Seattle Times story on 'Undoing Whiteness' yoga class is tone deaf on what yoga is all about

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Just when you think it can’t get any more ‘woke’ here in the great Pacific Northwest, a Seattle Times piece created lots of outrage last week by profiling a yoga teacher offering a class on “undoing whiteness.”

What was problematic wasn’t just the topic of the class, but also the reporter’s brazen use of his platform to lecture white readers on their racist backgrounds.

Naturally this got some online reaction. You know things are heating up when the Times cuts off comments at 89, saying it was due to the “sensitive nature of this topic.”

Is there a religion angle here? That’s a controversial topic, as well. Tmatt reminded us here that while yoga is rooted in a spiritual practice based on Hindu tenets, the media keeps on stripping it of religious content.

That definitely happened here.

Laura Humpf braced herself for fresh salvos of death threats, rage-soaked slurs and indictments of “reverse racism” from media provocateurs.

The Seattle yoga instructor had endured it before, four years ago, after putting out word about a class for people of color only, at her studio.

She was slammed by critics for being exclusionary and promoting likely illegal segregation, but was doing neither, says Humpf. This is racial caucusing, and she sees the time-honored technique of voluntarily congregating by race to oppose racism as a way to dismantle a white-supremacist pathology found in everyday society.

This spring, Humpf publicized an “Undoing Whiteness” yoga class at Rainier Beach Yoga, geared toward white people wishing to “unpack the harmful ways white supremacy is embedded” in their “body, mind and heart.” Along with providing a contemplative space, the class would dissect the “pathology of whiteness” — an obliviousness to the batch of privileges society grants white skin — and how it operates in daily life.

Were there any editors looking over this story before it went to print?

The reporter spouts off about “a white-supremacist pathology found in everyday society” as though it’s fact. Why not throw an “alleged” in there? Maybe some attributions to those shaping this point of view?

Ditto for the last sentence in the next paragraph; the one mentioning “batch of privileges.” Where is the caveat? All the writer needed to have done is put in a “she says” somewhere in that phrase.

But he didn’t because the whole piece is a press release.

Humpf, 39, sees her class as going beyond yoga’s elegant poses. It seeks, she says, to arrive at yoga’s literal meaning: union. White supremacy thwarts achieving that union within the individual and with others, says Humpf.

Last I heard, yoga was a spiritual path and that the poses and breathing are meant to clear the mind, not think about white supremacy. I get the feeling this class contains about as much about matters of the spirit in it as does the stuffed giraffe in my living room.

Nearly the entire piece has large unattributed swatches of opinion leading one commentator to ask if this is the Onion they were reading instead of the Times.

With white people less likely than nonwhites to view white skin as an advantage, according to the Pew Research Center, it’s tougher for a person of color to explain a concept like “white privilege” when someone lacks it, she adds.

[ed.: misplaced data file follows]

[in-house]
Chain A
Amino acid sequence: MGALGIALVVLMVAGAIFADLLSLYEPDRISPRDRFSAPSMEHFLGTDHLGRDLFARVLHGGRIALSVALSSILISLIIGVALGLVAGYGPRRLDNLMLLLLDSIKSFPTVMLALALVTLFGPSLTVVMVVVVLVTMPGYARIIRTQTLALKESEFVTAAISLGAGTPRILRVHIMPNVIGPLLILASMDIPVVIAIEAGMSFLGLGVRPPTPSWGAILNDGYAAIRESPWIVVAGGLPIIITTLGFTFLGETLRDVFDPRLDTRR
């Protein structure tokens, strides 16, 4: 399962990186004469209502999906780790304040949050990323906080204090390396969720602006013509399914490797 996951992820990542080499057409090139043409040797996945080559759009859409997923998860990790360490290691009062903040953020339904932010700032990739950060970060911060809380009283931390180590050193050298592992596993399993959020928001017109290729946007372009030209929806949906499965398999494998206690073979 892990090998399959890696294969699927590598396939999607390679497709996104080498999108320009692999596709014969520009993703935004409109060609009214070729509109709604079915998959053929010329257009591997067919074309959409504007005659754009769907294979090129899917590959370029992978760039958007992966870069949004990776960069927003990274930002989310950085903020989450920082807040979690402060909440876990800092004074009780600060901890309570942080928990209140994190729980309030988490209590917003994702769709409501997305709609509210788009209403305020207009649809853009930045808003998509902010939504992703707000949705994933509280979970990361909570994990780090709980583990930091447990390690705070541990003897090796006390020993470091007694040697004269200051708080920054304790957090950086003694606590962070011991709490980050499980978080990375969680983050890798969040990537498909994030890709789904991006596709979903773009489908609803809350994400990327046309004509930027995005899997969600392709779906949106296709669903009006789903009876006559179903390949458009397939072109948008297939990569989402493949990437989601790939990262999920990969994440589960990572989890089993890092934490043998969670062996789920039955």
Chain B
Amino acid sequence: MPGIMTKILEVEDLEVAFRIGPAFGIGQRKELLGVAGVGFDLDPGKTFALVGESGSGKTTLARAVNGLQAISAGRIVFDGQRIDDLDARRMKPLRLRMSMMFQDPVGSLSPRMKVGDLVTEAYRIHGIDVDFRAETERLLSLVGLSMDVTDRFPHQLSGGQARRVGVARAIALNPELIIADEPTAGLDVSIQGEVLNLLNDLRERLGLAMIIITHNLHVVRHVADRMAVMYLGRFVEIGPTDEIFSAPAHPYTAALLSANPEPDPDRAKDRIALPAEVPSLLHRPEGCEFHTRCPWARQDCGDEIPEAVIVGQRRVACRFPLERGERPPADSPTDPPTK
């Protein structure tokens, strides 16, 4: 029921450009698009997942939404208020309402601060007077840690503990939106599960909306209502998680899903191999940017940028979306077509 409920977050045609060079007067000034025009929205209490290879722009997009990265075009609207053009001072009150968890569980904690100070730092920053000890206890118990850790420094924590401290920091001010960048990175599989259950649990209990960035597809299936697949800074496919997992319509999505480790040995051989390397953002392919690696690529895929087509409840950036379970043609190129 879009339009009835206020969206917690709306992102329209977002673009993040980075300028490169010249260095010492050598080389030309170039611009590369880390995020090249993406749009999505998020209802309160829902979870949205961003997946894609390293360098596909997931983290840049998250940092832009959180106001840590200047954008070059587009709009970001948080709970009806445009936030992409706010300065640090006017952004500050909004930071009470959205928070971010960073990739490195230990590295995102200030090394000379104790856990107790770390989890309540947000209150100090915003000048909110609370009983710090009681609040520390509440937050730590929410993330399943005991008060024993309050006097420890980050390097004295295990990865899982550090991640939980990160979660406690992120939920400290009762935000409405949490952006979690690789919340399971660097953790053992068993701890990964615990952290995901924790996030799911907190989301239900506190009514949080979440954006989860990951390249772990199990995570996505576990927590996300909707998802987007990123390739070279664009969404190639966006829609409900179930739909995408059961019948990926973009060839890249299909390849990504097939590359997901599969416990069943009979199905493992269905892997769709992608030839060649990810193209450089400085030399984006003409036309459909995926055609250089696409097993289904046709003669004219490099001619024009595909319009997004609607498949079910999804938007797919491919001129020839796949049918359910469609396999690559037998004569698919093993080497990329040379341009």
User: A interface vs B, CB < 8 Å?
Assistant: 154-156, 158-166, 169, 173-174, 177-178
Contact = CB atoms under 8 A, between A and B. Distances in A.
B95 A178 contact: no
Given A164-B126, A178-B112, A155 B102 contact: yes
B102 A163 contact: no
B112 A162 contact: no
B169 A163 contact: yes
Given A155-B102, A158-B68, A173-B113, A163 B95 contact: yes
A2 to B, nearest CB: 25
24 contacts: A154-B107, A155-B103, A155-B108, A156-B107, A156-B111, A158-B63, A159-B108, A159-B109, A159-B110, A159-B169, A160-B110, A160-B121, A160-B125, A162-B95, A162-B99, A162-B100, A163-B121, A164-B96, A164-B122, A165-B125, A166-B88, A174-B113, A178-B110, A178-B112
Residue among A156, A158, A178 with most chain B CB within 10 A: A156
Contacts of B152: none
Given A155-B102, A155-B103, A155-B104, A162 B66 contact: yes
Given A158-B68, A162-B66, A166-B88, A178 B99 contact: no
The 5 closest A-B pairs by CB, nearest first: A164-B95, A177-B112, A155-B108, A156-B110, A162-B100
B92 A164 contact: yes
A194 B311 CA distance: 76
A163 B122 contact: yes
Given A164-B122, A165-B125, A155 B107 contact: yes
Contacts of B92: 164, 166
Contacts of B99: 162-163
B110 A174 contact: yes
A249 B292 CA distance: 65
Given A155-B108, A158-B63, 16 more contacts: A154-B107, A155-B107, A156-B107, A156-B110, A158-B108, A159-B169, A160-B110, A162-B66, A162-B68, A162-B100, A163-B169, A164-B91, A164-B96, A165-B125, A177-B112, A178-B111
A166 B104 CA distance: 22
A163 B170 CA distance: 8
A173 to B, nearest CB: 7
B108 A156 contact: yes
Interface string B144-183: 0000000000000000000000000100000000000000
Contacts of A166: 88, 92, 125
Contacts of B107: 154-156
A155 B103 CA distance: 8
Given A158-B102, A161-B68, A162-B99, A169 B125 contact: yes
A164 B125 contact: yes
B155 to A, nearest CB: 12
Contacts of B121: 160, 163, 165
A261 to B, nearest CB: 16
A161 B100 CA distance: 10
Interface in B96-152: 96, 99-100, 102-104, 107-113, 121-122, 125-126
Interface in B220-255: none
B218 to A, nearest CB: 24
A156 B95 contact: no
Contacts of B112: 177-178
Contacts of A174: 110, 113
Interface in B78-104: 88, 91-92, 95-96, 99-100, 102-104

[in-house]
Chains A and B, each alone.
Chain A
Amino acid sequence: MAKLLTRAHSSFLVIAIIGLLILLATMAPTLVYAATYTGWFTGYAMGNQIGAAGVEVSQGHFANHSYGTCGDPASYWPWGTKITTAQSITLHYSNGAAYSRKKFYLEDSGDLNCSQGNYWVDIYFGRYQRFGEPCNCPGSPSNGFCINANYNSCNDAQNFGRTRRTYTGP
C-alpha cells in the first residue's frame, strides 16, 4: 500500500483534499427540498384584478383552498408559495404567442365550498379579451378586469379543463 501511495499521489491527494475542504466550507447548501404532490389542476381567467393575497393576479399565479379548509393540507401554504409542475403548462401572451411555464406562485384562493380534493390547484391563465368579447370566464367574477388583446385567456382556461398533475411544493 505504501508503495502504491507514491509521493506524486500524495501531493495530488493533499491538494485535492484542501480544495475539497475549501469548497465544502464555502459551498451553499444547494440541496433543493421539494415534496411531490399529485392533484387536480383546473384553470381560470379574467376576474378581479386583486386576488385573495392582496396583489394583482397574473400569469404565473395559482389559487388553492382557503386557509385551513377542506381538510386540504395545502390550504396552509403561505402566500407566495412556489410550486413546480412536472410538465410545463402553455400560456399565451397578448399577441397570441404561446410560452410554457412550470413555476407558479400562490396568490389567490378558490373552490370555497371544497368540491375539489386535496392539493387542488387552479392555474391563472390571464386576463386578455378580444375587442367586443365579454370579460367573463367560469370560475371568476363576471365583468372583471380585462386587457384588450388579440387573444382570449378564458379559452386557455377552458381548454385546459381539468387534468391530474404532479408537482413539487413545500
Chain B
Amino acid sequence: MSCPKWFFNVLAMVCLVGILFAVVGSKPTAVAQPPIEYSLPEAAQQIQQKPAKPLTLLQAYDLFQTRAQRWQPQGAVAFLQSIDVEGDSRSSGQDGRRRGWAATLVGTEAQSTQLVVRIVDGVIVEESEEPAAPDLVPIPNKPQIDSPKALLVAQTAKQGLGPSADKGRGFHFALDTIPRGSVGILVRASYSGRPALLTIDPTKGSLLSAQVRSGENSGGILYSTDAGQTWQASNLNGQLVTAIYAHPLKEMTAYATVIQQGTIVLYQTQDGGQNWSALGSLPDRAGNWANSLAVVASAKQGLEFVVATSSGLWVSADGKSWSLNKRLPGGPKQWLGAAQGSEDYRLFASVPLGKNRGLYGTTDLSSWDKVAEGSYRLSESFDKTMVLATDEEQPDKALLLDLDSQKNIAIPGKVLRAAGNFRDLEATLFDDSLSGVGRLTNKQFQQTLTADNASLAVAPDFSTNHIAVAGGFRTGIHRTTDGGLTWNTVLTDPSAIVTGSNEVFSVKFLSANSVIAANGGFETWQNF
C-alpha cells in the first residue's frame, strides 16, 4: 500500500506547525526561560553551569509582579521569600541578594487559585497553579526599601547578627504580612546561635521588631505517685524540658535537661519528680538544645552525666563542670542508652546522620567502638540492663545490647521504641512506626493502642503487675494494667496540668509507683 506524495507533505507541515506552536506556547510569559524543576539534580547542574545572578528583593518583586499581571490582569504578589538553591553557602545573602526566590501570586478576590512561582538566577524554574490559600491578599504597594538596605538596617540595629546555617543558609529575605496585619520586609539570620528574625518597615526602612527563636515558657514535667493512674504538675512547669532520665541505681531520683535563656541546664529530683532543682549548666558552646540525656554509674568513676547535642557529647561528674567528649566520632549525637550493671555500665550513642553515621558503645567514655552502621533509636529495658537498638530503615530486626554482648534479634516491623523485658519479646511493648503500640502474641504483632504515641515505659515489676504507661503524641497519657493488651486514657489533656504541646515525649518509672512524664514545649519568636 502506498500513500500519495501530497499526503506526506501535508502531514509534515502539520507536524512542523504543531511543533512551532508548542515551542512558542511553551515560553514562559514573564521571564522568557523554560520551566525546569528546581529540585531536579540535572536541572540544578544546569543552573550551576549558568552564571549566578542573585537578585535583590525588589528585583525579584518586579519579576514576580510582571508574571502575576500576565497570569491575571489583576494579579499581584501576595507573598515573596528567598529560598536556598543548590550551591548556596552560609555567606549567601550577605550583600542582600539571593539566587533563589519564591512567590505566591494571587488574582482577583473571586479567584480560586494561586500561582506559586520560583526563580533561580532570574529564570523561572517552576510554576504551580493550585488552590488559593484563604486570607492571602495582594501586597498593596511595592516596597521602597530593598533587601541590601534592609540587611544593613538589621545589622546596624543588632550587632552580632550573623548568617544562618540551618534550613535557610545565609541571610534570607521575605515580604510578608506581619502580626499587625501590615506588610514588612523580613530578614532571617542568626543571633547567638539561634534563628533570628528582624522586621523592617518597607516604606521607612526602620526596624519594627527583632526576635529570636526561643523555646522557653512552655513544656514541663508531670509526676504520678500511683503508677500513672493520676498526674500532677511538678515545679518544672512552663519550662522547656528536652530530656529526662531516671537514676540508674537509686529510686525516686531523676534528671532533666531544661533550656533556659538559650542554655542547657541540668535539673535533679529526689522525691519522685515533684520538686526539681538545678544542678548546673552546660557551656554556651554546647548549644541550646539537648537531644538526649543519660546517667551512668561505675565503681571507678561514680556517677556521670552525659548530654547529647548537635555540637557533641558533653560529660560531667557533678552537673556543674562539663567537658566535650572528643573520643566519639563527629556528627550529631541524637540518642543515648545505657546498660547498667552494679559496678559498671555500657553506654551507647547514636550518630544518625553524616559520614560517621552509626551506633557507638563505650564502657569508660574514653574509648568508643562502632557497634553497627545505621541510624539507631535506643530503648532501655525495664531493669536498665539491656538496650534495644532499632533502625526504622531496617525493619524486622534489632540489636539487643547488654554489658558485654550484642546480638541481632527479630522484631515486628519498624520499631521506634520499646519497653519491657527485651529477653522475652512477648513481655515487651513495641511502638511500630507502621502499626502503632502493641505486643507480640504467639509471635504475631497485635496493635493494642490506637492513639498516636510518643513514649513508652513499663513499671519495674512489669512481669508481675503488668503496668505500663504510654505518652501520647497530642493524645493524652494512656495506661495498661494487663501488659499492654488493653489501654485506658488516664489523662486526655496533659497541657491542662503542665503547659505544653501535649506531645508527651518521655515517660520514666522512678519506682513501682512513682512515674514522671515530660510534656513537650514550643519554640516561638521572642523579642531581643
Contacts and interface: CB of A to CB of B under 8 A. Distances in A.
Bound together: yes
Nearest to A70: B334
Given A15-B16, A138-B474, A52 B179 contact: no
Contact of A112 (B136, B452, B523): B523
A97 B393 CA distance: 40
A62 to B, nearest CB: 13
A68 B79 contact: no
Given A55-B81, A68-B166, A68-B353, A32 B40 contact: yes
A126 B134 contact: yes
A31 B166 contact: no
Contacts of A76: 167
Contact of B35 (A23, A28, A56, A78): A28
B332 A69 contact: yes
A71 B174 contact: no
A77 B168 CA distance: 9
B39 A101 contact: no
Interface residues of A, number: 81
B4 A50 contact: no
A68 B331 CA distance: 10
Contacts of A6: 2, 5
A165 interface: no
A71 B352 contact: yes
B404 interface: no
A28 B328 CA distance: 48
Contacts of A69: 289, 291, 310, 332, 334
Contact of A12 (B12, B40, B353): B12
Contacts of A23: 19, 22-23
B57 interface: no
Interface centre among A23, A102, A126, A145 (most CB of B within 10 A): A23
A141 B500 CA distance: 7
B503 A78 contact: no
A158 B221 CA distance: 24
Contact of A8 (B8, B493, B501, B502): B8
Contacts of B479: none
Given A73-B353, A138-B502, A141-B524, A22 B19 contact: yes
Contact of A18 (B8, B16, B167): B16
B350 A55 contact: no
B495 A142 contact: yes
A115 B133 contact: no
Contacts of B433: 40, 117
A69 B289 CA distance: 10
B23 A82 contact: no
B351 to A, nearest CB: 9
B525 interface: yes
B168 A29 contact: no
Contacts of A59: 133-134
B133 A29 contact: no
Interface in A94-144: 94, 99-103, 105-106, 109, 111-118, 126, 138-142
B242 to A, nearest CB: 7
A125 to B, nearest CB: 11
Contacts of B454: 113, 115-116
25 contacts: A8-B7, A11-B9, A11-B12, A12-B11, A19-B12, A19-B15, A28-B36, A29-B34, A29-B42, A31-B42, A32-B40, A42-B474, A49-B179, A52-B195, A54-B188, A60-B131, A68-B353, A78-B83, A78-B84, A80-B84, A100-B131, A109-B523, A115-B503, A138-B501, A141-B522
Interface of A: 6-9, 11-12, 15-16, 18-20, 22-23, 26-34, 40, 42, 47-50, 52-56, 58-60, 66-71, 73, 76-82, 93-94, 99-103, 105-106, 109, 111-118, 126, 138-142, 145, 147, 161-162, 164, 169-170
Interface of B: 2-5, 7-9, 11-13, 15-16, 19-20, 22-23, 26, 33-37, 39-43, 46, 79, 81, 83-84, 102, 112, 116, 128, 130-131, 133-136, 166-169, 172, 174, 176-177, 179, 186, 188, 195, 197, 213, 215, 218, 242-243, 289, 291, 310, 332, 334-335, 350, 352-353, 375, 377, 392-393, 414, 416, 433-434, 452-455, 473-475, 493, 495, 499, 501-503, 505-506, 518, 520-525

The issues are acute in the yoga community, according to Crystal Jones, a certified yoga instructor who also provided racial- and gender-justice-centered consultations to companies such as Disney and REI but became disenchanted with the yoga industry’s dismissal of race whenever it surfaced as a topic.

“Some say … ‘Why see color? You should just see only the spirit.’ But we have to create spaces for critical thinking,” says Jones, who has facilitated workshops nationally focused on healing in the black, queer, nonbinary and trans communities.

This is such a sweeping assertion, it deserves more than one voice. Yoga came from India which, last I looked, is inhabited primarily by people with brown skin. So to call the yoga community racist is a stretch. Or is the writer referring to its white American practitioners? If so, why not be clear about that?

Also, under what branch of yoga would this class fit? It doesn’t sound like any of the Hindu philosophical traditions from which yoga originates. And what are the teacher’s yoga credentials? Is this the right place to try to bring about psychological changes in people?

As for Humpf, she’s moving ahead with her class despite the latest uproar.

“The truth is that we all are one. There’s a divinity that connects us as human beings. But the reality is that we’re in different bodies so we experience the world in very different ways,” she says, before adding:

Her class is open to anyone wanting to face reality.

Whoever edited this piece should lose his or her job. Were they sleeping when the reporter sent this in? Did anyone suggest to the reporter that he needs to attempt some distance from this topic? Who says this woman’s class is equal to reality? Some of the worst parts of this piece didn’t make it into my excerpts but believe me, they were bad.

Had the reporter kept some distance in reporting this, he might have asked if this was part publicity stunt, guaranteed to get lots of social media hits. Let’s hope he talks with the graduates of this class to see if they learned anything.

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